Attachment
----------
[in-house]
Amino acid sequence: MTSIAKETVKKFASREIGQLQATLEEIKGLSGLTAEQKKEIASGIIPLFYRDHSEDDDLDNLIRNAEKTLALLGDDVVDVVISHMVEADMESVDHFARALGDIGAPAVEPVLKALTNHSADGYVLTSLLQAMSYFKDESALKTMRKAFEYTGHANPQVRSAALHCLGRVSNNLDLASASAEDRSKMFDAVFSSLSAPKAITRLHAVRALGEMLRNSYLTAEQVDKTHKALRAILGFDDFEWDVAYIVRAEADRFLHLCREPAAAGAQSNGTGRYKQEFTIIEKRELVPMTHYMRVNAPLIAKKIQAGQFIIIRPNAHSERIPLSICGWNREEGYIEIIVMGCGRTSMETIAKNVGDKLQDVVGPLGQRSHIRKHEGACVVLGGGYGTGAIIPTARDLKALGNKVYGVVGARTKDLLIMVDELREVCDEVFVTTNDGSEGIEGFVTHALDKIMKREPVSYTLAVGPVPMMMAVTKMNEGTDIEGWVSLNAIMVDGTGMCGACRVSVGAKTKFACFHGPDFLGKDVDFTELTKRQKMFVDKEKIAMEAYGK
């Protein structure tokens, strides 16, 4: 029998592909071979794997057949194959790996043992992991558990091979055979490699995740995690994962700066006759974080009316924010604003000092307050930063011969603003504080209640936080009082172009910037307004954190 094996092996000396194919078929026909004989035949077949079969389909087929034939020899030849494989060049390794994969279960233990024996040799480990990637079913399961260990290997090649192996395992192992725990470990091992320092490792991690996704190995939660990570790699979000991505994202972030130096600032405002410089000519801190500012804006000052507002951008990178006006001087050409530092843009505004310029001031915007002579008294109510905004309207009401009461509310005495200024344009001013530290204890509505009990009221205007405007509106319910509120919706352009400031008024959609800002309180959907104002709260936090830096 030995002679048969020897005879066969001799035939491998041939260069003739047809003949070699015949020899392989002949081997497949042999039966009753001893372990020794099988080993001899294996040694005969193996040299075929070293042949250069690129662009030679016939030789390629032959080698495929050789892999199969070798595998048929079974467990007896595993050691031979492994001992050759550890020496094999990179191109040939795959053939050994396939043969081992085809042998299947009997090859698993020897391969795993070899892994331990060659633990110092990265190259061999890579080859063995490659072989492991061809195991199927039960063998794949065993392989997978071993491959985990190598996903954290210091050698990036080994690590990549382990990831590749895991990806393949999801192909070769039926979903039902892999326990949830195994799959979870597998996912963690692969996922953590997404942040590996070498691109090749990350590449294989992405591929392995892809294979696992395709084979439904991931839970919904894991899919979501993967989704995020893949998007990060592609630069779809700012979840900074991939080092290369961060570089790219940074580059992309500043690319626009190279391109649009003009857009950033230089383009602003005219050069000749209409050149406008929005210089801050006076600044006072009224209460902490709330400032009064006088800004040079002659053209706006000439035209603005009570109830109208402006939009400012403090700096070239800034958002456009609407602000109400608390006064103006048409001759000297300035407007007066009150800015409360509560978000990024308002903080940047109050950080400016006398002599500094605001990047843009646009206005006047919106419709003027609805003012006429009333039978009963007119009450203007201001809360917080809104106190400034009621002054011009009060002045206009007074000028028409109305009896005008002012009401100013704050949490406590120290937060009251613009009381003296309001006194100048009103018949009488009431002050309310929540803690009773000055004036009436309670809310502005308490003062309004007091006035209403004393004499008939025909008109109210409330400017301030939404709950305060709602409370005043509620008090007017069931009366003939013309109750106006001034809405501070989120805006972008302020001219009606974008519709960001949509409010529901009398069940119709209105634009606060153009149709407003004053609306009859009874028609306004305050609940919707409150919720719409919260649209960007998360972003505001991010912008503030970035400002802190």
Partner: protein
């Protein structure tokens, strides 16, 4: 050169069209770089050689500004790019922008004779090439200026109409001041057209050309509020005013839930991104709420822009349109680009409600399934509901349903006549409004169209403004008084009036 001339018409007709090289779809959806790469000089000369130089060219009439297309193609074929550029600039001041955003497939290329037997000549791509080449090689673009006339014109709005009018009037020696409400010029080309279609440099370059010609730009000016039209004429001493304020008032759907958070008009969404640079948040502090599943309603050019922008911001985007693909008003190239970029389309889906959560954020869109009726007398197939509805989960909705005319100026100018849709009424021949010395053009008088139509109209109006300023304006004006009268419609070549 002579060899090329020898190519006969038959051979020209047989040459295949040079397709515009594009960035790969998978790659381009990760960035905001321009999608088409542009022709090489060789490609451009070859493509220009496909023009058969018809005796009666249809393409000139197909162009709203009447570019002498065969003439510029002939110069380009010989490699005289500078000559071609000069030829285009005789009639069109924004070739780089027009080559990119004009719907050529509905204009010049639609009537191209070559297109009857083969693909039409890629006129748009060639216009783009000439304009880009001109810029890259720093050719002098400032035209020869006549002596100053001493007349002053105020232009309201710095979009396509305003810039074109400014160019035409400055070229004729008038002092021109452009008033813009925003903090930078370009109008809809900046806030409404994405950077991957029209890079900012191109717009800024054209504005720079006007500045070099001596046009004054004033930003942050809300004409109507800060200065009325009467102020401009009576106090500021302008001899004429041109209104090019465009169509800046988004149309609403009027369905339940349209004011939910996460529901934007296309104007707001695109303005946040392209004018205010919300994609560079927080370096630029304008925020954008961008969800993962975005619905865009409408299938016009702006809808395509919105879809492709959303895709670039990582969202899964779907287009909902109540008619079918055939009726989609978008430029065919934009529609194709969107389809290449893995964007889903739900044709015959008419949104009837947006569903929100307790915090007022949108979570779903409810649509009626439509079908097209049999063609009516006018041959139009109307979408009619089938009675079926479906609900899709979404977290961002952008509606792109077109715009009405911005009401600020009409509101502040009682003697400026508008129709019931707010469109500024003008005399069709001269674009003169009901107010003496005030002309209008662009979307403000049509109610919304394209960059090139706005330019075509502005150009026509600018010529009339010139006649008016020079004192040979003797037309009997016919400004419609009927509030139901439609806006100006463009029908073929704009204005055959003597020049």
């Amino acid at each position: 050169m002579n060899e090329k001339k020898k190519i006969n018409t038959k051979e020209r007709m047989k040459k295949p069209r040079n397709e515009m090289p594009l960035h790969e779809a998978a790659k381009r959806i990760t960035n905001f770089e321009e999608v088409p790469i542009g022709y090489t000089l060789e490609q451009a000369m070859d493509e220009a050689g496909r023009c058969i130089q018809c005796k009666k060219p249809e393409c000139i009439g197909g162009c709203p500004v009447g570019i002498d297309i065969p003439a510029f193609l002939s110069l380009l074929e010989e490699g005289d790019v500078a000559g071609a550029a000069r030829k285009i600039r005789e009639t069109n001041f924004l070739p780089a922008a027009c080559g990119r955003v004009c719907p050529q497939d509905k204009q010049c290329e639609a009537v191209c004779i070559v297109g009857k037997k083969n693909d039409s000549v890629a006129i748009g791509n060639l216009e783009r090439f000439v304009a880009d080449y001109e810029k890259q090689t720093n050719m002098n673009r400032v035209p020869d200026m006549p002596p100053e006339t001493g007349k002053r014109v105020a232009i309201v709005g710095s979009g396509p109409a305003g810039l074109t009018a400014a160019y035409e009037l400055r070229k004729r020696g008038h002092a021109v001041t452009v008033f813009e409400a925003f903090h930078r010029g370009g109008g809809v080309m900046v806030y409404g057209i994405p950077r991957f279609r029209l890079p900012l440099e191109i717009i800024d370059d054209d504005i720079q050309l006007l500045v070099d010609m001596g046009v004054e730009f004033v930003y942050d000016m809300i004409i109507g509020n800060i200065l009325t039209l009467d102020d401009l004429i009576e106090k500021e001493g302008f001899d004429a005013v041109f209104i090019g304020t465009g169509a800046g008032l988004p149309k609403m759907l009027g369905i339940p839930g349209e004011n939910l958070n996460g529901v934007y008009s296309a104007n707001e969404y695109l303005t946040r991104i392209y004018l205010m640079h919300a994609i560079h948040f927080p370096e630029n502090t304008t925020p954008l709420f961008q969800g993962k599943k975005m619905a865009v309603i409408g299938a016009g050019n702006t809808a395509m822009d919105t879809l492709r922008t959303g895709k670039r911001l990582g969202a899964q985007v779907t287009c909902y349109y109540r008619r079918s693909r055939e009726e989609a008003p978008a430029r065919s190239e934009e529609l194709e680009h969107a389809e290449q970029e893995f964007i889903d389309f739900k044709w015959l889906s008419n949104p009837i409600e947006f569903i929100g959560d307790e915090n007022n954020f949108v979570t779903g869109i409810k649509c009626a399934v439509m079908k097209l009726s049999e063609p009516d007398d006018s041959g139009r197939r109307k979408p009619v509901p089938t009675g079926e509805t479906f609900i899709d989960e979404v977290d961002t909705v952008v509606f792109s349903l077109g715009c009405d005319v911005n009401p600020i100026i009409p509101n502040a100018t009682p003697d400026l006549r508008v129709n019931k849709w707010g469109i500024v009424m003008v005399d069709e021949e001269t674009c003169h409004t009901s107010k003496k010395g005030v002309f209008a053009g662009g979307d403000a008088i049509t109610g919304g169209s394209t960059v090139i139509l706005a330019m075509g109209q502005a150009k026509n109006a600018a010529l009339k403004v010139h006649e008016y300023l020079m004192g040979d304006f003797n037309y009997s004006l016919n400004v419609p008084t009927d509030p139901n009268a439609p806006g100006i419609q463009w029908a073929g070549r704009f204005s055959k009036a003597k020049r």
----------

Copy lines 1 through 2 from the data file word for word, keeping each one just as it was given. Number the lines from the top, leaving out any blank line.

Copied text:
[in-house]
Amino acid sequence: MTSIAKETVKKFASREIGQLQATLEEIKGLSGLTAEQKKEIASGIIPLFYRDHSEDDDLDNLIRNAEKTLALLGDDVVDVVISHMVEADMESVDHFARALGDIGAPAVEPVLKALTNHSADGYVLTSLLQAMSYFKDESALKTMRKAFEYTGHANPQVRSAALHCLGRVSNNLDLASASAEDRSKMFDAVFSSLSAPKAITRLHAVRALGEMLRNSYLTAEQVDKTHKALRAILGFDDFEWDVAYIVRAEADRFLHLCREPAAAGAQSNGTGRYKQEFTIIEKRELVPMTHYMRVNAPLIAKKIQAGQFIIIRPNAHSERIPLSICGWNREEGYIEIIVMGCGRTSMETIAKNVGDKLQDVVGPLGQRSHIRKHEGACVVLGGGYGTGAIIPTARDLKALGNKVYGVVGARTKDLLIMVDELREVCDEVFVTTNDGSEGIEGFVTHALDKIMKREPVSYTLAVGPVPMMMAVTKMNEGTDIEGWVSLNAIMVDGTGMCGACRVSVGAKTKFACFHGPDFLGKDVDFTELTKRQKMFVDKEKIAMEAYGK